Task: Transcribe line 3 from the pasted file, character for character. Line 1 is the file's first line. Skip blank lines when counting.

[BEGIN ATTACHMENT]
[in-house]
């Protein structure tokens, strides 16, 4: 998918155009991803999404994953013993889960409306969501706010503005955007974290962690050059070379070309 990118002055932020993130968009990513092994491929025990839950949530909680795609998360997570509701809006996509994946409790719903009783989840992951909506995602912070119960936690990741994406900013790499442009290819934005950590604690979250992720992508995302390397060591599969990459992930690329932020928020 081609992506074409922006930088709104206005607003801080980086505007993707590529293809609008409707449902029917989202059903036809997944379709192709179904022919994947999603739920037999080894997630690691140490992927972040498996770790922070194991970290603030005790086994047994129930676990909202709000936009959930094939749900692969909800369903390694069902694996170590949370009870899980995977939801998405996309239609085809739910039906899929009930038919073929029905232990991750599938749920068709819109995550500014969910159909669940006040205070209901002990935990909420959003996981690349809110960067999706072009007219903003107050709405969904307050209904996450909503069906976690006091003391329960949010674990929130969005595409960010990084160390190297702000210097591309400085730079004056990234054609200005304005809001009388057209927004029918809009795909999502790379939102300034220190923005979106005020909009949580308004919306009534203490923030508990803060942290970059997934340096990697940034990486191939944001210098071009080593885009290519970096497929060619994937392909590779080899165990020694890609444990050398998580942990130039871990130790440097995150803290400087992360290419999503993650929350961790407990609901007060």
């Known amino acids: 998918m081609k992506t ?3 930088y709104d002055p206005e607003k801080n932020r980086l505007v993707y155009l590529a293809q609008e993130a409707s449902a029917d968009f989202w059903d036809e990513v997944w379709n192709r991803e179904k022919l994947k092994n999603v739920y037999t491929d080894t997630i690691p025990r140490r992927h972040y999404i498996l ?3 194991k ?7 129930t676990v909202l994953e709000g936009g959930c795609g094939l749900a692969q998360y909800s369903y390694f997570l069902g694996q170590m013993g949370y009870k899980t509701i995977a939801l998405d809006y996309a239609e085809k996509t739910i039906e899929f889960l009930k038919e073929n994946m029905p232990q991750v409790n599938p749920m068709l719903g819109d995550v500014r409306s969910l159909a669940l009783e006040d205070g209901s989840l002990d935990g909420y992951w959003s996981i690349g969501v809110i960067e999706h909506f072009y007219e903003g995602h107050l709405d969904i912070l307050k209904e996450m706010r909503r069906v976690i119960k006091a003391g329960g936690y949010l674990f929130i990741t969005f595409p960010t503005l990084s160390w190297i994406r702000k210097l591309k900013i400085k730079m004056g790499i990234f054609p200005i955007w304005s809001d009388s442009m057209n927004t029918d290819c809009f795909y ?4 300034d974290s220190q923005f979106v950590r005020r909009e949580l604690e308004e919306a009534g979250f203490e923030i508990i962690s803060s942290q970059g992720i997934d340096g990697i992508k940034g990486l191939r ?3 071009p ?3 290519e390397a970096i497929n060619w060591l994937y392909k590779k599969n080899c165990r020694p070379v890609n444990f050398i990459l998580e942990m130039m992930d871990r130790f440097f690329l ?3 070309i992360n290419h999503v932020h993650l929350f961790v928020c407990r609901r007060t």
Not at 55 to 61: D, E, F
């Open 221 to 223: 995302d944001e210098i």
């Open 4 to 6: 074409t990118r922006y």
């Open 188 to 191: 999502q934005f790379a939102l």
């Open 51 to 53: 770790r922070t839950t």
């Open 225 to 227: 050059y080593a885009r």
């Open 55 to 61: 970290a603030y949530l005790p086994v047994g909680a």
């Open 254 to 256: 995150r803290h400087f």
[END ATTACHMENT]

């Known amino acids: 998918m081609k992506t ?3 930088y709104d002055p206005e607003k801080n932020r980086l505007v993707y155009l590529a293809q609008e993130a409707s449902a029917d968009f989202w059903d036809e990513v997944w379709n192709r991803e179904k022919l994947k092994n999603v739920y037999t491929d080894t997630i690691p025990r140490r992927h972040y999404i498996l ?3 194991k ?7 129930t676990v909202l994953e709000g936009g959930c795609g094939l749900a692969q998360y909800s369903y390694f997570l069902g694996q170590m013993g949370y009870k899980t509701i995977a939801l998405d809006y996309a239609e085809k996509t739910i039906e899929f889960l009930k038919e073929n994946m029905p232990q991750v409790n599938p749920m068709l719903g819109d995550v500014r409306s969910l159909a669940l009783e006040d205070g209901s989840l002990d935990g909420y992951w959003s996981i690349g969501v809110i960067e999706h909506f072009y007219e903003g995602h107050l709405d969904i912070l307050k209904e996450m706010r909503r069906v976690i119960k006091a003391g329960g936690y949010l674990f929130i990741t969005f595409p960010t503005l990084s160390w190297i994406r702000k210097l591309k900013i400085k730079m004056g790499i990234f054609p200005i955007w304005s809001d009388s442009m057209n927004t029918d290819c809009f795909y ?4 300034d974290s220190q923005f979106v950590r005020r909009e949580l604690e308004e919306a009534g979250f203490e923030i508990i962690s803060s942290q970059g992720i997934d340096g990697i992508k940034g990486l191939r ?3 071009p ?3 290519e390397a970096i497929n060619w060591l994937y392909k590779k599969n080899c165990r020694p070379v890609n444990f050398i990459l998580e942990m130039m992930d871990r130790f440097f690329l ?3 070309i992360n290419h999503v932020h993650l929350f961790v928020c407990r609901r007060t």